Cheung Kong Centre
2 Queens Road, Hong Kong, Hong Kong, Central Central ChinaPrint this page   •   Share this page

Another example of "exotic is in the mind of the beholder." In an American city, the Cheung Kong Center would be just another black glass block. But in Hong Kong it is a landmark. Similarly, some of the most common skyscrapers of Asia would seem fascinating if placed in an American city. Either way, the tower has a significant cultural and physical presence in Hong Kong. It had the fortune of opening for business at the height of the 1990's "Dot-Com" boom, which helped elevate its status and Q factor. Like other buildings, though, it suffered when the bubble burst. The Cheung Kong Center is adorned by a grid of fiber optic lights that can be programmed to change color. This sprakling illumination is only enhanced by the building's black curtain wall which makes the building a silhouette in the daytime, and an inky peaceful void at night. That peace is paramount to the building's mission. It was not intended to steal the limelight from its neighbors, most notably the Bank of China building. Its maximum height was determined by drawing an imaginary line from the Bank of China building to the Hong Kong Bank building. The relegated the Cheung Kong Center to being just the third-tallest building in the city when it was completed. But it gained much more by evening out the cacophony of architectural styles that had gathered along that section of Queens Road. Moreover, the Cheung Kong Center balances out its neighbors. One of the people who had a hand in the design was a Feng Shui master who decided that the new building had to absorb the negative energy coming from the Bank of China's sharp edges. While these may seem expensive steps to take for an office building, consider the fact that it is also partly residential. The building was constructed for Li Ka Shing, one of the richest people in the world. He took residence in the top floor.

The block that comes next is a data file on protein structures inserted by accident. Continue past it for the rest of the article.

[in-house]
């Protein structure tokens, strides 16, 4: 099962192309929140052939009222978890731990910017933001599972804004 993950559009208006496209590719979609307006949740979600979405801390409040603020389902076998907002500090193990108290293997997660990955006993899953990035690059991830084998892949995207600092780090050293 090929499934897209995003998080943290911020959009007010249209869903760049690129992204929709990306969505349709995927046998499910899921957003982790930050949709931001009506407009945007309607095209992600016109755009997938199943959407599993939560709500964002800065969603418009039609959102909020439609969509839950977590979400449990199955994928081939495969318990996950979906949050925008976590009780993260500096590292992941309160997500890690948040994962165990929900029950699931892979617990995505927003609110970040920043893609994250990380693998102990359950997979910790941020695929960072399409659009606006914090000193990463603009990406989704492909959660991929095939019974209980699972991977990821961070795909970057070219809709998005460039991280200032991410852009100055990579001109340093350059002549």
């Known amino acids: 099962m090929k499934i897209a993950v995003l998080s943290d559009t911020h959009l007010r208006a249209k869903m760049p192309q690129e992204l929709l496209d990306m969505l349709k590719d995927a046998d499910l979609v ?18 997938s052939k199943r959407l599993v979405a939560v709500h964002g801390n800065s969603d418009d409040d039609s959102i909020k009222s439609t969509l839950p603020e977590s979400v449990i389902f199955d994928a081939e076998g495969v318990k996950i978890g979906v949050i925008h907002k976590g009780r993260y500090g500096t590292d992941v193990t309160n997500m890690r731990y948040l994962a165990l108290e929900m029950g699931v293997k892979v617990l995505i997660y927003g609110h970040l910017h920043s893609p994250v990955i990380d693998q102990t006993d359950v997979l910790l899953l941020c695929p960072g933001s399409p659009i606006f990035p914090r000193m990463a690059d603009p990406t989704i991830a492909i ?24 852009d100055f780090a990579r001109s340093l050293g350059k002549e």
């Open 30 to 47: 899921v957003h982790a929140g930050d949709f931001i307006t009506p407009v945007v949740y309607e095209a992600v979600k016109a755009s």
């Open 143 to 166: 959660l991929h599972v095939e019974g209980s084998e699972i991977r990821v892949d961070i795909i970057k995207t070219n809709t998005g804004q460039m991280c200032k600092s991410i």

Quick Facts
  • February 24, 2009: Stunt climber Alain Robert climbed the outside of this skyscraper. For once, he didn't face any criminal charges because the owner of the building did not file a complaint.
    "The colored lights which we were asked to add to the Cheung Kong Center are very much in character. Anywhere else, they would be considered garish."

    -Cesar Pelli "Cesar Pelli in the City of Towers
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